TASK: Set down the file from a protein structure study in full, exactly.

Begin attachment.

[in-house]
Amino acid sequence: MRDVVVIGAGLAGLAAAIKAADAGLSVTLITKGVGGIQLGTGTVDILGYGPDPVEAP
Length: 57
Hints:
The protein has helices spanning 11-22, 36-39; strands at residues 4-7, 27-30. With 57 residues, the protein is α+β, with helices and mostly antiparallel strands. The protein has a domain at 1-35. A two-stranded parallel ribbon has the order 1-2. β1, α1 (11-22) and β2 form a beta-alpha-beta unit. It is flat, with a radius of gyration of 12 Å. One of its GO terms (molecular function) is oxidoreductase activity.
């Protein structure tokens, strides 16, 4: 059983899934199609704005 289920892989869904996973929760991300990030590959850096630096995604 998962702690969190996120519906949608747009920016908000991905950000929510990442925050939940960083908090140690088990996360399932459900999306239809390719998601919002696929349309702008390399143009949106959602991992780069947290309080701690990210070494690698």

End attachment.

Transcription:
[in-house]
Amino acid sequence: MRDVVVIGAGLAGLAAAIKAADAGLSVTLITKGVGGIQLGTGTVDILGYGPDPVEAP
Length: 57
Hints:
The protein has helices spanning 11-22, 36-39; strands at residues 4-7, 27-30. With 57 residues, the protein is α+β, with helices and mostly antiparallel strands. The protein has a domain at 1-35. A two-stranded parallel ribbon has the order 1-2. β1, α1 (11-22) and β2 form a beta-alpha-beta unit. It is flat, with a radius of gyration of 12 Å. One of its GO terms (molecular function) is oxidoreductase activity.
């Protein structure tokens, strides 16, 4: 059983899934199609704005 289920892989869904996973929760991300990030590959850096630096995604 998962702690969190996120519906949608747009920016908000991905950000929510990442925050939940960083908090140690088990996360399932459900999306239809390719998601919002696929349309702008390399143009949106959602991992780069947290309080701690990210070494690698």